Mar. 10, 2015 | By Simon
There’s no denying that as much as we love our 3D printers, there are many factors involved with the 3D printing process that leave much to be desired. Among them is of course the time it takes once you hit the “Print” button to having a finished 3D print in your hand.
Aiming to speed up the 3D printing process, a group of young (but experienced!) tech-savvy 3D printing enthusiasts who make up the Fastbot team have been busy creating a 3D printer controller board that they have recently launched on Kickstarter. The team’s BBP 3D printer controller board is designed to be a complete and reliable solution to many current problems with 3D printers, with speed being among them.
The board, which starts at just $79 for early backers, features everything one would seemingly need to upgrade their 3D printer to make it faster and easier to use. Additionally, the board can also be used in other desktop fabrication machines including laser cutters and CNC mills.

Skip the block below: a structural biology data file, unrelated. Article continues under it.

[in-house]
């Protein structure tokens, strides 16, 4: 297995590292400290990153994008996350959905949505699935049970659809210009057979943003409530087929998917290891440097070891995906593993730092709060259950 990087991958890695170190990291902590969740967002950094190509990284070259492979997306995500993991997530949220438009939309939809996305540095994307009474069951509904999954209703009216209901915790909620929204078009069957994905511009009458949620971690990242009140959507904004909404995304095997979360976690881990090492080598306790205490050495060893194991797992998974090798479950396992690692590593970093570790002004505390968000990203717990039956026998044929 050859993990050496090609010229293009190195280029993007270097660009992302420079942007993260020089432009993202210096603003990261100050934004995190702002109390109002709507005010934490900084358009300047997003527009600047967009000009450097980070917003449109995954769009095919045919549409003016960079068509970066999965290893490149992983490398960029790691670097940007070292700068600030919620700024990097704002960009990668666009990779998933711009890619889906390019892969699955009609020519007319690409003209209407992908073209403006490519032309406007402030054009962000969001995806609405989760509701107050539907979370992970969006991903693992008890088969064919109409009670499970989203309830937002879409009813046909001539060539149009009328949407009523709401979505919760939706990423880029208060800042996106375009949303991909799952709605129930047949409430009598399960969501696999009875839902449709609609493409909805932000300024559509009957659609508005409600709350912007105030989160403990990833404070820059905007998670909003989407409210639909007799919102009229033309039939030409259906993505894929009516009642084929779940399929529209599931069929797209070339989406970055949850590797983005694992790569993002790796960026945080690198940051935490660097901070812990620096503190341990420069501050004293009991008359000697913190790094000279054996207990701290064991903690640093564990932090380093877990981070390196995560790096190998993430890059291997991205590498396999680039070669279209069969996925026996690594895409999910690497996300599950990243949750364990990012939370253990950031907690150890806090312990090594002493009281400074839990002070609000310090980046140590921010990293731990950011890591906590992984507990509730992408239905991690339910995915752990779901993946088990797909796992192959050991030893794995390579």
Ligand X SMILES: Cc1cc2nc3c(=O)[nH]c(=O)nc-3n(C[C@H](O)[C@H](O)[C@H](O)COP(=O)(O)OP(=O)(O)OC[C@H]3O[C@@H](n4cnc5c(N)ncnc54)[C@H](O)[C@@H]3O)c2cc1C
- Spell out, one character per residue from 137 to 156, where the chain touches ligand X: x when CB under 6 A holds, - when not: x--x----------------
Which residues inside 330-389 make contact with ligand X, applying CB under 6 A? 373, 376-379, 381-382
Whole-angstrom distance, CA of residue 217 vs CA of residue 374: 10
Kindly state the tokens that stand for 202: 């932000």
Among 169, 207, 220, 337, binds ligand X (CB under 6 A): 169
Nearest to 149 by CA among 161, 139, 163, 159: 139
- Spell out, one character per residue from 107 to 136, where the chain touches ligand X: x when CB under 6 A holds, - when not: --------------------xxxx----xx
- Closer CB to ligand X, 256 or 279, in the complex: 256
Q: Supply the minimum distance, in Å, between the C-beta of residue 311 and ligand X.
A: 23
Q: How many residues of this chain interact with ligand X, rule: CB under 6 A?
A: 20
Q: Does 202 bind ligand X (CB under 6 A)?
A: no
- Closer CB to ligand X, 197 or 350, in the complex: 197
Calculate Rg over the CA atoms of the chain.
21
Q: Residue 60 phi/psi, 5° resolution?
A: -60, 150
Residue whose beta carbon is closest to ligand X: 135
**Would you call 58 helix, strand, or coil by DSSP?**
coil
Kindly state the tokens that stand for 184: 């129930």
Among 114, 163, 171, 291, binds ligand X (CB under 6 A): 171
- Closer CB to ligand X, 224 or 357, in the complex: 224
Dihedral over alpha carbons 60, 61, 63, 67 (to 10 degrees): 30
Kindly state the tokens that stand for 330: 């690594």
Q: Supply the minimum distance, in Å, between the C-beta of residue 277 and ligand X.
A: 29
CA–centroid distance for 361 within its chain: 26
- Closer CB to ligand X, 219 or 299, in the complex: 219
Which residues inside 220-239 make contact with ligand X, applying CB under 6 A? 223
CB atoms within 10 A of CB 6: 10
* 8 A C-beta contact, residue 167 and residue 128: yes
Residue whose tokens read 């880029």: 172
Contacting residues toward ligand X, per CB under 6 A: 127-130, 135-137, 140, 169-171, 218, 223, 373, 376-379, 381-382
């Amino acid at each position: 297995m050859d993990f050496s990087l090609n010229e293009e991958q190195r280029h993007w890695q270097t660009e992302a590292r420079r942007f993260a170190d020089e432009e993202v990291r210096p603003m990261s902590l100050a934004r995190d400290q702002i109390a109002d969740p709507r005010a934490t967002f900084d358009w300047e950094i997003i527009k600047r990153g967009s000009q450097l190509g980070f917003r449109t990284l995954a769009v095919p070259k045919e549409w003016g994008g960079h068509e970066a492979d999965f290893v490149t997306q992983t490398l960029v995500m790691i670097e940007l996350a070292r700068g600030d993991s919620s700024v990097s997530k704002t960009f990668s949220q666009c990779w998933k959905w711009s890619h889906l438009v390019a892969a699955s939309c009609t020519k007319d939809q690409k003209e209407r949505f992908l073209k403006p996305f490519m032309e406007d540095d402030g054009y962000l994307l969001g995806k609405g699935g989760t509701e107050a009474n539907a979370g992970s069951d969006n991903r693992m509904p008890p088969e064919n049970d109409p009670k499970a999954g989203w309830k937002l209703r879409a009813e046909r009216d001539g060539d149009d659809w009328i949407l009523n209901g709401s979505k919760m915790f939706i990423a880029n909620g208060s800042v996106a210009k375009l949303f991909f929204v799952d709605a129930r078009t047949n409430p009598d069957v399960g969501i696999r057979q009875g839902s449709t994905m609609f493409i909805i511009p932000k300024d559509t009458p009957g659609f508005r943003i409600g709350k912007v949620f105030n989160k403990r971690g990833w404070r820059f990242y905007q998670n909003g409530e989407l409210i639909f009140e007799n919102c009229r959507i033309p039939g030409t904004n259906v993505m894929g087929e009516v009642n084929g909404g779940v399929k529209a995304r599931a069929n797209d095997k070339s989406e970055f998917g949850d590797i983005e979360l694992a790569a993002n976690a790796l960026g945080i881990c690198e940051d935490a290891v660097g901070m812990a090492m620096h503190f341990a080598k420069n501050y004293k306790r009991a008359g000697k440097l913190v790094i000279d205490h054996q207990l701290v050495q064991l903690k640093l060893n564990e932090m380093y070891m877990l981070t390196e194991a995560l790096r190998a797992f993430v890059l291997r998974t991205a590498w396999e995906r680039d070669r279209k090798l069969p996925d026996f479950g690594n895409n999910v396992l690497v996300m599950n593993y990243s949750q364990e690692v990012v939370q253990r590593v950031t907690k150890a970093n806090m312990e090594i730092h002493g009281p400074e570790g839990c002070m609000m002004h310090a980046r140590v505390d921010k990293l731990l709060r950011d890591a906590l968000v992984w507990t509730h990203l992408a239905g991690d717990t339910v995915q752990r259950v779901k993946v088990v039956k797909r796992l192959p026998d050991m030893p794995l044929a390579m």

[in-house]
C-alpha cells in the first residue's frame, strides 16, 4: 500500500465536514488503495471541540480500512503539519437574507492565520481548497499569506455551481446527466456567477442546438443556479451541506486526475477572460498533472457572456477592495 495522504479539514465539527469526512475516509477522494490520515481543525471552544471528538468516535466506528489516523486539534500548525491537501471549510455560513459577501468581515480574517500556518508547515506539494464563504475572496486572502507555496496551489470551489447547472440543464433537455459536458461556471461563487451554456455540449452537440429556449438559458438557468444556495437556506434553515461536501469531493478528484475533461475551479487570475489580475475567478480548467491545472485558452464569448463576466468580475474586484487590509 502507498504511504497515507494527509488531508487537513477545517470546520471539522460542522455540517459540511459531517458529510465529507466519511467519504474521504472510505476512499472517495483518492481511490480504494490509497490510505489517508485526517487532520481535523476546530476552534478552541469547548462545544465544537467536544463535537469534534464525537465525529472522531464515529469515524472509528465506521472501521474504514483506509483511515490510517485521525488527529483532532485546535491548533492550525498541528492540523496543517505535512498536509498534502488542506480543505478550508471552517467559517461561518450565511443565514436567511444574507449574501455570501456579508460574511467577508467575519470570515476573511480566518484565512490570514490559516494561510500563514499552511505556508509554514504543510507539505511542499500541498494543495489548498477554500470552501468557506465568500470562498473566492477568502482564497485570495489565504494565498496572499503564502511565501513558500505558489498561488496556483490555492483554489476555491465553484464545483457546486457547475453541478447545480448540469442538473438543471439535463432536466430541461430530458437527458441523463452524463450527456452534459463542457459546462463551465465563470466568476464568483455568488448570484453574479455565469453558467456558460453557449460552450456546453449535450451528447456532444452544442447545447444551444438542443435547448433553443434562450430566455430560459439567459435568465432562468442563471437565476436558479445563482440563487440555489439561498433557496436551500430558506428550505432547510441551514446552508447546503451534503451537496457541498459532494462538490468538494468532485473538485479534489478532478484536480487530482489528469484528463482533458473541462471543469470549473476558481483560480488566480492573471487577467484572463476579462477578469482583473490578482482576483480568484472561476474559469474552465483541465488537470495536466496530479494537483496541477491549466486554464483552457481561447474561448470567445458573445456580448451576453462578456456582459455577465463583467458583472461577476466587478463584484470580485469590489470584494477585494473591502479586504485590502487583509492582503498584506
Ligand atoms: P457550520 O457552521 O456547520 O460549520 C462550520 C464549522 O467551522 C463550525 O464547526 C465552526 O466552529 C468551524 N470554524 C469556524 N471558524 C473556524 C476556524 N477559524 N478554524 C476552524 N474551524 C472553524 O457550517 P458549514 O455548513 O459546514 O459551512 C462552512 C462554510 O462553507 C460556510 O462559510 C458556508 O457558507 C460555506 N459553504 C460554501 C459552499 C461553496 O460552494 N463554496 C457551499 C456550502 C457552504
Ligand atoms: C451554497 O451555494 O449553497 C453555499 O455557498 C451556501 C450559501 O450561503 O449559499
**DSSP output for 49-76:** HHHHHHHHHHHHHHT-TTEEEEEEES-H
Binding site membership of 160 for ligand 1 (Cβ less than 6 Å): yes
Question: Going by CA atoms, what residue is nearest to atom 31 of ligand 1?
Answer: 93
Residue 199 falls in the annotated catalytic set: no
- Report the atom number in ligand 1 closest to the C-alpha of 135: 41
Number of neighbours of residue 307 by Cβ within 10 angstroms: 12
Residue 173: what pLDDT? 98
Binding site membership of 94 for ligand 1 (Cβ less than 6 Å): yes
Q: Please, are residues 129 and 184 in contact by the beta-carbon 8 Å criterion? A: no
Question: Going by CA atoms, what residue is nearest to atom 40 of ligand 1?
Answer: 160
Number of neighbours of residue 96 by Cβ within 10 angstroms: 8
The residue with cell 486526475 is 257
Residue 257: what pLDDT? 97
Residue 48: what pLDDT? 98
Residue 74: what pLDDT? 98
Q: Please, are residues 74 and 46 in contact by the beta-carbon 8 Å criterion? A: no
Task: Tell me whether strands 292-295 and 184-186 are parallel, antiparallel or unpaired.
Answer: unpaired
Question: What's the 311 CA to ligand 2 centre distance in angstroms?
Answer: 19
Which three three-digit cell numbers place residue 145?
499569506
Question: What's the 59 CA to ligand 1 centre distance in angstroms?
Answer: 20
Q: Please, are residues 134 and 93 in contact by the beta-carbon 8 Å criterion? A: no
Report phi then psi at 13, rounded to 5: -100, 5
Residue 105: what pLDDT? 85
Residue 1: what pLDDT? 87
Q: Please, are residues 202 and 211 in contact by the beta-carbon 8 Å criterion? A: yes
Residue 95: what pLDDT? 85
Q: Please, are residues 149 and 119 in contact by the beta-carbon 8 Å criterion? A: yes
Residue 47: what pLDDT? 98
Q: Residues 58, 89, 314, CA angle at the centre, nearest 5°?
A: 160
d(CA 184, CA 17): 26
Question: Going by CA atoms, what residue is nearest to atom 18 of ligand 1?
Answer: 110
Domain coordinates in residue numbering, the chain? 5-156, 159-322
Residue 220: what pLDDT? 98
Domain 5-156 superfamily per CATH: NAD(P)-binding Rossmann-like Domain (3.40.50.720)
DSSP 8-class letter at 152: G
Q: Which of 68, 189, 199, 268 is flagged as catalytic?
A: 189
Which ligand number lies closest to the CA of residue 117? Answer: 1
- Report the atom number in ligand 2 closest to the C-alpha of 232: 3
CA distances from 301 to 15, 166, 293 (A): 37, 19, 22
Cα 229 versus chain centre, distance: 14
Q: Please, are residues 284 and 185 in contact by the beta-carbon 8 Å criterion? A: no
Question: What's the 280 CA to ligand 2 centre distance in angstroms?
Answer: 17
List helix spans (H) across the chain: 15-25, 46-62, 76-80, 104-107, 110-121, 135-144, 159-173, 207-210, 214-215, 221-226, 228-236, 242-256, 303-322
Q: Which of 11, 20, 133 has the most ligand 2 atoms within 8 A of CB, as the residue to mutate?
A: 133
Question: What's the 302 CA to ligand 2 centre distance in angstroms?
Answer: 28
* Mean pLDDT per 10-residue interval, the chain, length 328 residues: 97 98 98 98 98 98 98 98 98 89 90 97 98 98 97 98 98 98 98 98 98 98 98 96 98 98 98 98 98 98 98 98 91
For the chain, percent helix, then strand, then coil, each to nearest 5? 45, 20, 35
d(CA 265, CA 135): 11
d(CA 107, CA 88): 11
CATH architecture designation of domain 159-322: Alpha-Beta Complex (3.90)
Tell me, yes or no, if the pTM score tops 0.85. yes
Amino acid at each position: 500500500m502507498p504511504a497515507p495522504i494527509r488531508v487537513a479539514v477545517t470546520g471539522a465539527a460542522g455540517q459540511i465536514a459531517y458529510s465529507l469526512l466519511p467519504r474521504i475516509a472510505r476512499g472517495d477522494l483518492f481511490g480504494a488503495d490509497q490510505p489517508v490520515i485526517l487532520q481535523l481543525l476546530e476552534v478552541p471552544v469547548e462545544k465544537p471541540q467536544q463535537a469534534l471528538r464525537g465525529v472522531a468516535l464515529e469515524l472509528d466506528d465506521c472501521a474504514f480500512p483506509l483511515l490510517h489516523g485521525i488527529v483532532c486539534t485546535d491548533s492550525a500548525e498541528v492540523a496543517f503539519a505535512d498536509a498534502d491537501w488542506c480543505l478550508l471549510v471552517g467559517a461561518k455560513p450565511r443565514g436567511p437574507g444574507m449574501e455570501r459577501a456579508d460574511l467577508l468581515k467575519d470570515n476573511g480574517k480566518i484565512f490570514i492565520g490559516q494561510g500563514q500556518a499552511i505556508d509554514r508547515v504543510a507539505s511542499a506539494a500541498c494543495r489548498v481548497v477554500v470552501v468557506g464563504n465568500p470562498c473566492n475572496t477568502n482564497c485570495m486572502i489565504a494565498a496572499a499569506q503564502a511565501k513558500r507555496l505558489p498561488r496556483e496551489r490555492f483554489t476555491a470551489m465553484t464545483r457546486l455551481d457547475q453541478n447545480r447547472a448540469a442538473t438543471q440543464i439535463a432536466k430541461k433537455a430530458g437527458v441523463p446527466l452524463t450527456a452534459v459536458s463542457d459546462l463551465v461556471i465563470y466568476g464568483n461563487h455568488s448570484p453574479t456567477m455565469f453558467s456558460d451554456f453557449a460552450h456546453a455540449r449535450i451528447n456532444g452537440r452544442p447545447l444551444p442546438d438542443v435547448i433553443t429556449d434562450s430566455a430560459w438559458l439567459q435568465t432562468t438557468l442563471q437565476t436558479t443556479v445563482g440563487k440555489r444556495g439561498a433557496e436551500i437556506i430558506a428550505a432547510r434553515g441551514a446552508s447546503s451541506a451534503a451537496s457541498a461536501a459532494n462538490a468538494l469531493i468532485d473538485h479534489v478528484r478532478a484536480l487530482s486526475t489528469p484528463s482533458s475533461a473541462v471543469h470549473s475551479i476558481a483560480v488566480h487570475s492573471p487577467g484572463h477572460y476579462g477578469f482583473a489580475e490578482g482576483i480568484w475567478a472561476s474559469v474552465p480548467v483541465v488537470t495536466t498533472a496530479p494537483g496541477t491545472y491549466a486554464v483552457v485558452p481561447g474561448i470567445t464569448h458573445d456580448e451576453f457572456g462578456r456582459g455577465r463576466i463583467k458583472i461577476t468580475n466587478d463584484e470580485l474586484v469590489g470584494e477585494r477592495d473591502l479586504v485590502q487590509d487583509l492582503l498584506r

The board, which is powered by an AM335x, 1GHZ Cortex-A8 processor and includes 5 or 6 stepper motor drivers, 3 heaters, 6 endstops, 6 fans, 1 microSD Card socket, 1 Ethernet socket and 1 USB socket for USB WiFi or camera connectivity, runs at a higher frequency than traditional control boards (such as RAMPS and Smoothie) whose frequencies are too low to let a motor run faster. With the help of the on-board 3D-bit ARM along with Programmable Realtime Units inside the chip, the BBP is capable of making a 3D printer print at least 4 times faster than before.
“We have developed a new 3d printer firmware to fully use the BBP,” says the Fastbot team on their Kickstarter page. “With the help of this firmware, it is easy to generate high frequency step control signal, and that is why BBP can make 3d printing faster than ever and also the most amazing point.”
In addition to supercharging a 3D printer to operate at faster speeds, the BBP also enables a user to connect a USB WiFi dongle to their 3D printer that would enable them to remotely and wirelessly connect their 3D printer to the internet and control the printer from anywhere in the world.